Wolwedans Dunes Lodge Highlights
- A full day-safari with picnic lunch en-route
- A special attraction at NamibRand is hot-air ballooning (optional)
- Walking trail
- Scenic Flights (optional)
Wolwedans Dunes Lodge Information
- Lodge type; Safari Camp
- Location; Namib Desert
- Lodge size; 9 chalets
- Recommended stay; 3-7 nights
Wolwedans Dunes Lodge Photo Gallery
The Dunes Lodge is perched on top of a dunes plateau some eight kilometres north of the Wolwedans Dunes Lodge and overlooks panoramic vistas in all directions, capturing the desert in a most memorable way.
The building style is a combination of wooden structures, large canvas blinds, and windows that open up to the wilderness beyond. Wolwedans Dunes Lodge reflects the ambience of a tented camp but provides the comfort and protection of a permanent building.
The main complex - which has completely been rebuilt during 2003 - consists of two lounges, a number of sundowner decks, a fireplace, a teak deck, a library, the wine cellar and two dining rooms. All communal areas of the lodge open out onto verandahs with superb views.
Rooms and Suites
Each of the nine spacious Chalets with en-suite bathrooms leads onto a private veranda and vast stretches of untouched sand at the private Namib Desert Lodge. Sleeping with your canvas blinds open is as good as sleeping under the stars.
A unique attraction of the lodge is the 'Mountain View Suite'; providing living space in abundance, the Suite is ideally suited for those who want to stay over for several days, seeking private seclusion in total comfort and style.
Cuisine and Wine
Stunning meals are prepared by the team in the kitchen and served up in numerous outdoor and indoor locations around the lodge and surrounding desert.
- Two lounges
- A number of sundowner decks
- teak deck
- Wine cellar
- Two dining rooms
- Scenic Drives
- Nature Walks
- Sundowners in the desert
- Hot-air Ballooning
- Scenic Flights
- Hiking Trails
Families are most welcome at Dunes Lodge.
Rates from NAD$ 4 750.00 per person
Per person per night sharing
Rates are in Namibian Dollars (NAD)
*Rates may vary according to season
- Full board
- Standard bar/beverages
- Standard shared activities.
- Imported spirits
- Vintage wines
- Hot-air ballooning
- Scenic flights
- Bush barbeques
- Local and international flights
- Travel insurance
The Road To Sossusvlei
Once one navigates the main Sesriem entrance gates and enters the national park a pleasant surprise awaits, a tarred road (yes, a tarred road) that extends all the way through to the main parking area near Sossusvlei.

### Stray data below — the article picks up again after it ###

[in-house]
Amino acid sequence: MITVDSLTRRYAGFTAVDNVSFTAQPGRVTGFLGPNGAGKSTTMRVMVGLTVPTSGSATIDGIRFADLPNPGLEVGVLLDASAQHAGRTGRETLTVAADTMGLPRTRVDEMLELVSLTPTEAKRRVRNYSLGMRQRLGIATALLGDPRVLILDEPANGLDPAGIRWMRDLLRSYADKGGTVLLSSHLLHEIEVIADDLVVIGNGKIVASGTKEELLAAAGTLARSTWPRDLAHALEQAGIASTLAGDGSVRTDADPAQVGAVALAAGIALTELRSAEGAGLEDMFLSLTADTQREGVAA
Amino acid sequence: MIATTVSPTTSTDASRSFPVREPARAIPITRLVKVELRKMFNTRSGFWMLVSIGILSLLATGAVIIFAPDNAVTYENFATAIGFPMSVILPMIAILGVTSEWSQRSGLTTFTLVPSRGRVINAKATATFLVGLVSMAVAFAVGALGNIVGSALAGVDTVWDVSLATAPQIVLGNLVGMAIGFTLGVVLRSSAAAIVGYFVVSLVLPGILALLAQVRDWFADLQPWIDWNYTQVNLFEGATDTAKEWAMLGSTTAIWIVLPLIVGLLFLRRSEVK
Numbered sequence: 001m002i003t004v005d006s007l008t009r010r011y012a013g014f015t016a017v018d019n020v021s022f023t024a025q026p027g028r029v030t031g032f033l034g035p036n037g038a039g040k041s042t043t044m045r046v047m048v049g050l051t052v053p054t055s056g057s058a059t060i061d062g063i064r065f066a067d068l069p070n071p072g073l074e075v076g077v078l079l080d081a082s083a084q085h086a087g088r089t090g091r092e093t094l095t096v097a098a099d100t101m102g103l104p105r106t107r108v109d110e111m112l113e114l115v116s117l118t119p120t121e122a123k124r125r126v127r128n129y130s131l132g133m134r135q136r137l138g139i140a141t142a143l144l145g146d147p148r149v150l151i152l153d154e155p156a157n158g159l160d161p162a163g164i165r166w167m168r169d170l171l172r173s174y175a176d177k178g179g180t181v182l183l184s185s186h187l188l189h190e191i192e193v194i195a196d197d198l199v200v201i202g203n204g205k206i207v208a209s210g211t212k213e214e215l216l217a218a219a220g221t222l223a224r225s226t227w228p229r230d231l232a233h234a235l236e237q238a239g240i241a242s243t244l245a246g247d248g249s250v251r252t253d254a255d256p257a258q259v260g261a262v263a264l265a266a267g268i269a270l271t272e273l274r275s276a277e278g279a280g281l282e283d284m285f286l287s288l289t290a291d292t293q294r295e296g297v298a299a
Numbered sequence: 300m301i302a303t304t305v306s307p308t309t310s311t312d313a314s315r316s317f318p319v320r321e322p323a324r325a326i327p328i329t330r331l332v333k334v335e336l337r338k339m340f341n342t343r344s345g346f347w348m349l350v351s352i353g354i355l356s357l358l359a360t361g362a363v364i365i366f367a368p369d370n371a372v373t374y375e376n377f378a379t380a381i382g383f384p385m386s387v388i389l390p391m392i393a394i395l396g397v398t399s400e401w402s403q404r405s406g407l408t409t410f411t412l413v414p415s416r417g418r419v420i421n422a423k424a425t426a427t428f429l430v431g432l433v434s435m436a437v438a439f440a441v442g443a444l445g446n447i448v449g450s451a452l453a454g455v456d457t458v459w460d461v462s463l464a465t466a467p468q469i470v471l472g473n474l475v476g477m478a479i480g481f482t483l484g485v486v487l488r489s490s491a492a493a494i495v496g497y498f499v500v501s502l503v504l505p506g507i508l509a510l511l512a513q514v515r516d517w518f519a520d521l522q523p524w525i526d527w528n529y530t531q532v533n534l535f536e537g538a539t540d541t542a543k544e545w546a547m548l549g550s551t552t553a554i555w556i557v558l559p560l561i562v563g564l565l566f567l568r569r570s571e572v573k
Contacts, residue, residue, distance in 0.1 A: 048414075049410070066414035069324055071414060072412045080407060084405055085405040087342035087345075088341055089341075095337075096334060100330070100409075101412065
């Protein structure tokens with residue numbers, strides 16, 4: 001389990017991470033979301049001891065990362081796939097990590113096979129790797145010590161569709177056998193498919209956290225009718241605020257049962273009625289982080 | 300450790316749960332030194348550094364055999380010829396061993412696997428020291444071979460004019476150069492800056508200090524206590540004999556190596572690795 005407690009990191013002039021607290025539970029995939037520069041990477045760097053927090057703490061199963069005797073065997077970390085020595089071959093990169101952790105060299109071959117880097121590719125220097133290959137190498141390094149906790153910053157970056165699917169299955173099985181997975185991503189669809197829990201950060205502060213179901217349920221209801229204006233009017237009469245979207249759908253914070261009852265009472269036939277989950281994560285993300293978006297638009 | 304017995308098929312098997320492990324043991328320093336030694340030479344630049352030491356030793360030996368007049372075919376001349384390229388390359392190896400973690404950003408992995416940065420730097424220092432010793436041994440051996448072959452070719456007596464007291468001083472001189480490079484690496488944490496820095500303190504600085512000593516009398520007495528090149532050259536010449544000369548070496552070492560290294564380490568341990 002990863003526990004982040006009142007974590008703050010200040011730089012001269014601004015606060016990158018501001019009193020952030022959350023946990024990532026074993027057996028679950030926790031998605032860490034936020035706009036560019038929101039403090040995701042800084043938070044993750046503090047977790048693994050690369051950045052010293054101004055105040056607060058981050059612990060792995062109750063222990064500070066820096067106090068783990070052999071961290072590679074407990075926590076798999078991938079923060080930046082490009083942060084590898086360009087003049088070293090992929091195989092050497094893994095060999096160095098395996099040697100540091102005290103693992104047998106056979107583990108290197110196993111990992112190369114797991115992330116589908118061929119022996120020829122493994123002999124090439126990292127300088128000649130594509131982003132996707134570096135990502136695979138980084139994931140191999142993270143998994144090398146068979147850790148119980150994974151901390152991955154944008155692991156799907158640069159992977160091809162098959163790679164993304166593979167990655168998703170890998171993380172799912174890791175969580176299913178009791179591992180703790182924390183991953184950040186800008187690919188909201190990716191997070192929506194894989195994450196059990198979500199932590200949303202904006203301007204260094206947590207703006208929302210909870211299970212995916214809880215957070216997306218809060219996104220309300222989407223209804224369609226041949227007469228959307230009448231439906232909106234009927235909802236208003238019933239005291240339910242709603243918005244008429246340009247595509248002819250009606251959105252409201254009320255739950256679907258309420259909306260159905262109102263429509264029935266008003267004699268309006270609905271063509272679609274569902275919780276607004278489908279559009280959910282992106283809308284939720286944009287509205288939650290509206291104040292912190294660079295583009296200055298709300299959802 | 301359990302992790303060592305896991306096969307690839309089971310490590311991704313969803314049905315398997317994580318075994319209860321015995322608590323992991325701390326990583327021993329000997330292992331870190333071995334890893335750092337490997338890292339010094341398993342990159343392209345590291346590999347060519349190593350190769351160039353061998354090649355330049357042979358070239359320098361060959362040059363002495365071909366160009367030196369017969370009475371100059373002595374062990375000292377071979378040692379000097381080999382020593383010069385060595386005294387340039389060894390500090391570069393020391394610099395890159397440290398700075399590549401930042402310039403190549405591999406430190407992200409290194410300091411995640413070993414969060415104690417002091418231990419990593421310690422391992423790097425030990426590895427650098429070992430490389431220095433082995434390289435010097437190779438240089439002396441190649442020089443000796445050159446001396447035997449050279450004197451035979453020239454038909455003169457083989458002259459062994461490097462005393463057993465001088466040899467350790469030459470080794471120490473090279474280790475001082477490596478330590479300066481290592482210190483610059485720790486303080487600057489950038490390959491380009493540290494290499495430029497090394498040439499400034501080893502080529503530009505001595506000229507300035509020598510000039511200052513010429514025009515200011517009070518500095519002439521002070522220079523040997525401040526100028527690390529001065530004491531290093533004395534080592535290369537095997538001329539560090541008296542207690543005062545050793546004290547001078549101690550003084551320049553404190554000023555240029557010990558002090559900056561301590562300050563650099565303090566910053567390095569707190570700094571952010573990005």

Cape Town To The Kunene River
In November and December of last year (2019), we loaded our Jeep and headed north out of Cape Town, destination Namibia and the Kunene River, her border with Angola.
A couple of thousand kilometres later, we returned, this time, more in love with country than ever.
Windhoek Oktoberfest 2021
On the 25th and 26th of October, the Sports Klub Windhoek will host the 55th edition of the Oktoberfest. Over 5000 people are expected to attend (compared to 1000 in 2010).
Adding a certain local flavour will be the Namibian band Famaz Attak, and there will be long-established activities and games like archery and tree trunk sawing.
Top 5 restaurants in Windhoek
Continuing our series of dining in Africa, we look at Windhoek. More and more visitors are becoming aware of the unique attractions that this country as a safari destination has to offer.
Nowhere is too far to travel in this small (and clean) city of 330,000 but be warned when you go out to eat, vegetarianism is not common!
Best Places To Go In Namibia
The Uyaphi team has compiled a list of the "Best Places to go" which most safari itineraries would include. A different destination from most African safari destinations.
Instead of lush green forests or open savannas, the primary attraction being vast, open deserts interspersed with canyons, mountain ranges, and oasis.
Living With The Himba
In May 2012, we arranged for Uyaphi.Com client Ken Vine from Devon in England to stay with the traditional Himba people in two remote villages in the middle of Kaokoland.
He lived, slept, ate, conversed and photographed these Himba villagers.